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Mainstream, Vol XLVI No 38

Where is the Copywriter?

Wednesday 10 September 2008, by H Y Sharada Prasad

TRIBUTE

Distinguished Gandhian freedom fighter, erudite scholar, noted writer and columnist H.Y. Sharada Prasad, 84, who was the versatile Media Advisor to two Prime Ministers Indira Gandhi and Rajiv Gandhi, passed away in New Delhi at 1.30 pm on September 2, 2008 after a prolonged illness. He was suffering from Parkinson’s disease and also a terminal lung ailment and was bed-ridden for the past eight months after a fall. Unassuming and soft-spoken, he was one of the last links with the freedom struggle and post-independence regeneration under successive Congress
governments.

After the demise of Mainstream’s first editor, C.N. Chitta Ranjan, with whom he enjoyed an intimate association, on August 2, 1990, Sharada Prasad wrote a moving piece, entitled: “He was Unpurchaseable”; and therein he succinctly observed that Chitta Ranjan was “rich in that old-fashioned word: character”. His rare insights were best revealed in his 2003 collection, The Book I Won’t be Writing and Other Essays. Remembering Sharada Prasad, who was close to N.C., we offer our sincere homage to his abiding memory by reproducing here two of his articles published in Mainstream in 1994. The first one had appeared earlier in The Asian Age, from where it was reproduced with due acknowledgment.

In April 1917, Woodrow Wilson, then President of the United States, spoke of making the world safe for democracy. A world war later, another American President, Franklin Delano Roosevelt, set a new goal before America to promote the Four Freedoms: freedom of speech, freedom of religion, freedom from want, and freedom from fear.

Now, a further fifty years on, when no world war is in sight (unless that great trickster, history, pulls one out of his large, large, bag), a spokesman of America has just redefined America’s objective.
Guess what it is?

To support free-market democracy.

That is what Vice-President Al Gore said, standing next to President Clinton, in a little speech hailing the birth of Nelson Mandela’s South Africa.
Al Gore is no orator. He does not even have Clinton’s husky ease with words.

But what he said, shorn of any wrapping in the silver foil of eloquence, about America’s aim being to support free-market democracy was probably more honest and nearer to the bone. Gore’s words were in fact a paraphrase of the words of another American President, Calvin Coolidge, to the effect that “the business of America is business”.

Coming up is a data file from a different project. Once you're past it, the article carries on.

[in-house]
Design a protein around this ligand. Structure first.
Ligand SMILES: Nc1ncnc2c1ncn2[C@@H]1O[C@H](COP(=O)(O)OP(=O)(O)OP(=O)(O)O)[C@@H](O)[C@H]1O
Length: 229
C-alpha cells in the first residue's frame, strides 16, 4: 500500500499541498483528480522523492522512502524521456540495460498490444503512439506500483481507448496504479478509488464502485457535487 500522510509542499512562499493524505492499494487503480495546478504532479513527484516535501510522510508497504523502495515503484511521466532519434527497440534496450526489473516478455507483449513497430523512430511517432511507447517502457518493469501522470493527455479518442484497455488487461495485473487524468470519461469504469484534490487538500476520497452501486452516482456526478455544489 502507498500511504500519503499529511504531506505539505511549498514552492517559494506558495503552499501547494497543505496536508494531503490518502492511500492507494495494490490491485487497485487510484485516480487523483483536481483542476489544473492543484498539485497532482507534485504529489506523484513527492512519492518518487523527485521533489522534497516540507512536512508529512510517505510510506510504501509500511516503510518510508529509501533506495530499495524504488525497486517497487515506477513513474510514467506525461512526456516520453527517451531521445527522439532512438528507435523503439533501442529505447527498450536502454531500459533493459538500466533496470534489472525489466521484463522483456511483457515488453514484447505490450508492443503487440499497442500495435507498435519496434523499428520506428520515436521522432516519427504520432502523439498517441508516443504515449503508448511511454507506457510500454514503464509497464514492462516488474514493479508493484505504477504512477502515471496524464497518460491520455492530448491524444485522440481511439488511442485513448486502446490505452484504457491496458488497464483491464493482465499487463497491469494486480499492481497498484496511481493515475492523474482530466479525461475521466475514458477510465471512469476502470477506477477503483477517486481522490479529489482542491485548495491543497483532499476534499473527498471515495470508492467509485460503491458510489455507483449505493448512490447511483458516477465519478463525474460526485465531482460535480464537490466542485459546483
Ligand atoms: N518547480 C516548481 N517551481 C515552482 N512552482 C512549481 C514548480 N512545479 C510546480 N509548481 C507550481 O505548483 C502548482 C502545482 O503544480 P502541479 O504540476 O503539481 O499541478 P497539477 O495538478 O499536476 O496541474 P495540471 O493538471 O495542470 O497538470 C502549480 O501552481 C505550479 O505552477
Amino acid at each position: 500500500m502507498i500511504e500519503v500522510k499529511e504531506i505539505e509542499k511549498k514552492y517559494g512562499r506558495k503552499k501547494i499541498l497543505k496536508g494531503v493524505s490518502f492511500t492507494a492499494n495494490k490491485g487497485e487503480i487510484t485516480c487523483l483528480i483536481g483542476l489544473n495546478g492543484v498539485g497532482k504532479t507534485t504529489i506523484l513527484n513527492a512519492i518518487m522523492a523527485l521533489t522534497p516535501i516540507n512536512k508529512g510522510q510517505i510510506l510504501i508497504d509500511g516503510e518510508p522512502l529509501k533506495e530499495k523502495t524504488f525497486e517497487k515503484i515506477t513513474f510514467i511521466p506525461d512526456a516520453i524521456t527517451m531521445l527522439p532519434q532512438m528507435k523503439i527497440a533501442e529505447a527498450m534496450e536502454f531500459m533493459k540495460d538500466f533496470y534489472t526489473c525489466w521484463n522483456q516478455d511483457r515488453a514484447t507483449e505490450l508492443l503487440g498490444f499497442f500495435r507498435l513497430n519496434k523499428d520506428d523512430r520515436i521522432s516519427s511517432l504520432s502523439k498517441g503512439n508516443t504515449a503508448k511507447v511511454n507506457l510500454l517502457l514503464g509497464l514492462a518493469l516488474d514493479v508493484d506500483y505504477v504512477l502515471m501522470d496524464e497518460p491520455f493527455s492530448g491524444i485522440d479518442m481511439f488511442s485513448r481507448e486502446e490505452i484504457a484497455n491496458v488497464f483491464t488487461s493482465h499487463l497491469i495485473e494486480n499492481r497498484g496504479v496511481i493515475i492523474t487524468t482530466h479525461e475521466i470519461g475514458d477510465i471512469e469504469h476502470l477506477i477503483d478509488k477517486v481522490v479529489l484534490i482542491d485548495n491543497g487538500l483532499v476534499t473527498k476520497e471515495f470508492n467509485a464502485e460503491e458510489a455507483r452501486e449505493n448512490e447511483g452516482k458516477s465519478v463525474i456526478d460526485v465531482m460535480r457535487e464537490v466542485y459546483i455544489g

The collapse of the Soviet Union has left America at a loss to know how to employ itself. (It is like our own press waking up one fine morning to find that there is no government, any government, to play an adversary role to.) Deep down its mind, America has a suspicion that soon Germany, Japan or China might challenge its supremacy.

The first two are even now economically stronger and America has to lean on them for money to play its Number One role. Some day, America fears, these two might re-acquire a military presence proportionate to their economic sinews.

For the moment, however, it is a unipolar world, with the US as the sole super-power.

But it is a super-power without a super-creed or a super-slogan. Making the world safe for free-market democracy does not have the same kind of ring that causes a throb in the heart.

Therefore other ingredients of the Pax Americana are being hastily put together—human rights, nuclear disarmament and so on.

BUT China appears to have caught America in a cleft stick. America has to prove its concern for human rights in China. At the same time there is the attraction of the large Chinese market. China too needs US investment and trade. So, face-saving games are being played on both sides. “Let the Chinese release this or that dissident leader and we’ll tell Congress that there is a definite and perceptible progress on the human rights front. That way we can safeguard both principal and principles,” America thinks. China, for its part, seems to ask: “How many billion dollars for one dissident leader?” And it continues to practice free-market communism.
They say history, more than adversity, tests character. This is true of nations as it is true of men. At this unusual moment of history when America stands alone on the peak that country needed a far-seeking statesman who could command the imagination of the entire world.
In the absence of such a leader, America could at least get hold of a master copywriter who would know how to package American interests in a more emotive slogan than the drab one of “free market democracy”.

(Mainstream, May 21, 1994)

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